Jew in the Christian world by Candace R. Kwiatek, The Dayton Jewish Observer
A literary character that’s two-dimensional, “lacking in depth, complexity, or history” is known as a flat or cardboard character, writer Brandon Sanderson explains. Such characters do not change over the course of the story.
In the real world, Jews and Christians have tended to view each other as cardboard characters.
Jews have been portrayed as legalistic, rigid adherents of biblical law. Christians have been depicted as militantly righteous, messianic proselytizers of a “God is love” message.
These extreme stereotypes do great harm not only by demeaning and marginalizing, but even more so by communicating the idea that there is no common ground between Judaism and Christianity.
To find common ground, we need to stop seeing each other as cardboard characters. In the fall of 2000, more than 100 rabbis and scholars did just that, publishing a statement titled Dabru Emet (Speak Truth) as a full-page ad in major print and electronic media outlets.
Included in the eight-part statement about the growing understanding between the two religious traditions was the observation that “Jews and Christians accept the moral principals of Torah.”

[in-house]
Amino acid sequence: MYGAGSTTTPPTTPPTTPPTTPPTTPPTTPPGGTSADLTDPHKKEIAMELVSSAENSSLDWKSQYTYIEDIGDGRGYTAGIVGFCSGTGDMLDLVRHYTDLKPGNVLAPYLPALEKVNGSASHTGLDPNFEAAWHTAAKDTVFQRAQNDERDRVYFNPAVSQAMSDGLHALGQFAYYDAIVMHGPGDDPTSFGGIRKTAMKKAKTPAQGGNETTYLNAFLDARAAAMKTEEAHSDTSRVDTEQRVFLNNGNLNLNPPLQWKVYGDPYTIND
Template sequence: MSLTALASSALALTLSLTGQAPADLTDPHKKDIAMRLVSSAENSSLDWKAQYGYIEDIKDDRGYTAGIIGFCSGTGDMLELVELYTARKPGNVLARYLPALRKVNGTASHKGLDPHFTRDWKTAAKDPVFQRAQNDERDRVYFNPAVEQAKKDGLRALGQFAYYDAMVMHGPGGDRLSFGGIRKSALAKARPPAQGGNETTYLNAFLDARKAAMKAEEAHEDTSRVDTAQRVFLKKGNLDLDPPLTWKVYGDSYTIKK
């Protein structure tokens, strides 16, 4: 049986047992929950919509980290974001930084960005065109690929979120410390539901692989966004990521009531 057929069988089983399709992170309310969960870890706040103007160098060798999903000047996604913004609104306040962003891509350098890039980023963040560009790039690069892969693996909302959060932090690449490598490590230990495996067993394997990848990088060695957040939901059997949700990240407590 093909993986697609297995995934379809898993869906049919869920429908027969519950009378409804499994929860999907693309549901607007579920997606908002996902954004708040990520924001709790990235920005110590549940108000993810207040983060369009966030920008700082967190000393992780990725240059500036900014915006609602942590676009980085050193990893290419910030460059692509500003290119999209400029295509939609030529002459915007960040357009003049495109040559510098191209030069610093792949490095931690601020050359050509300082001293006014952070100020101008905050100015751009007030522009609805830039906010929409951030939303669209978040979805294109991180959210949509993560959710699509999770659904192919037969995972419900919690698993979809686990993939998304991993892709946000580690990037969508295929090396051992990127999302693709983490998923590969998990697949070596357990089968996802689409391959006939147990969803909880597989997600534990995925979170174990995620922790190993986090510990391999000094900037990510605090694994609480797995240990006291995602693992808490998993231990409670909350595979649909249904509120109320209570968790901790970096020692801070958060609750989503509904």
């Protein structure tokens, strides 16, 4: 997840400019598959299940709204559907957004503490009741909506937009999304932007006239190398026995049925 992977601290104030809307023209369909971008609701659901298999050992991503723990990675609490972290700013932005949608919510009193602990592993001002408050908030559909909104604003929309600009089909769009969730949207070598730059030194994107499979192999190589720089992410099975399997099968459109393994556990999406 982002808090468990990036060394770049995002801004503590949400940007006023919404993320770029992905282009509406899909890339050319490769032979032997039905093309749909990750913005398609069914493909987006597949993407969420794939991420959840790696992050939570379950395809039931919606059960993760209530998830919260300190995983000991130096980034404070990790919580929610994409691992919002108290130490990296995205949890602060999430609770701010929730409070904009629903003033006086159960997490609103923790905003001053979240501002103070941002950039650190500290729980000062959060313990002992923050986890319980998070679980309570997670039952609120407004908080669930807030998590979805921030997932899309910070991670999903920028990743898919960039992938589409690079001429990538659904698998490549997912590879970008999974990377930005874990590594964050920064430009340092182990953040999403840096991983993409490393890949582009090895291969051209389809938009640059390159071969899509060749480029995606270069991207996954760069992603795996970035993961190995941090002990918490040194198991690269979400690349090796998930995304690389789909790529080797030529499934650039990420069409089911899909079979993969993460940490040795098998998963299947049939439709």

Theologian Thomas Aquinas (13th century) said much the same, explaining that the ceremonial and judicial laws of the Jewish Bible were no longer binding on Christians, but the moral precepts are permanent.
While they are different faith communities, when it comes to living day by day, Judaism and Christianity do have common ground in the moral and ethical spheres.
In God’s Image. Both traditions assert the value and dignity of each human being, of respecting oneself and others, because all humans were made in God’s image (Gen. 1:27).
Sanctity of Life. Unlike other ancient — and now some modern — philosophies, Judaism and Christianity have dedicated themselves to the respect, protection, and preservation of life. It is interesting to note that, despite the stereotypical images, Christians pursuing careers in the military and Jews pursuing careers in medicine arise from this shared ethic.
Love your neighbor as yourself. This principle of common decency from both traditions’ Scriptures (Lev 19:18 and Matt. 22:39) underscores a commitment to compassion.
Golden Rule. “Do unto others as you would have them do unto you,” was a central teaching of Jesus, made famous by his Sermon on the Mount. His teaching had Jewish roots. Rabbi Hillel (1st century B.C.E.) responded to a prospective Jewish convert as he stood on one leg: “That which is hateful unto you, do not do to your neighbor. This is the whole of the Torah. The rest is commentary. Go forth and study.”
Ten Commandments. Judaism teaches that all humans are obligated to the universal morality codified in the Noahide Laws as the foundations for civilization: Do not deny God, blaspheme, murder, undermine marriage, steal, or eat of a live animal, and establish courts and a legal system.
However, the Ten Commandments, obligatory for Jews, were also adopted by Christianity as its preeminent moral tenets: no other gods, no idols, no blasphemy, remember the Sabbath, honor parents, no murder, no adultery, no stealing, no bearing false witness, no coveting.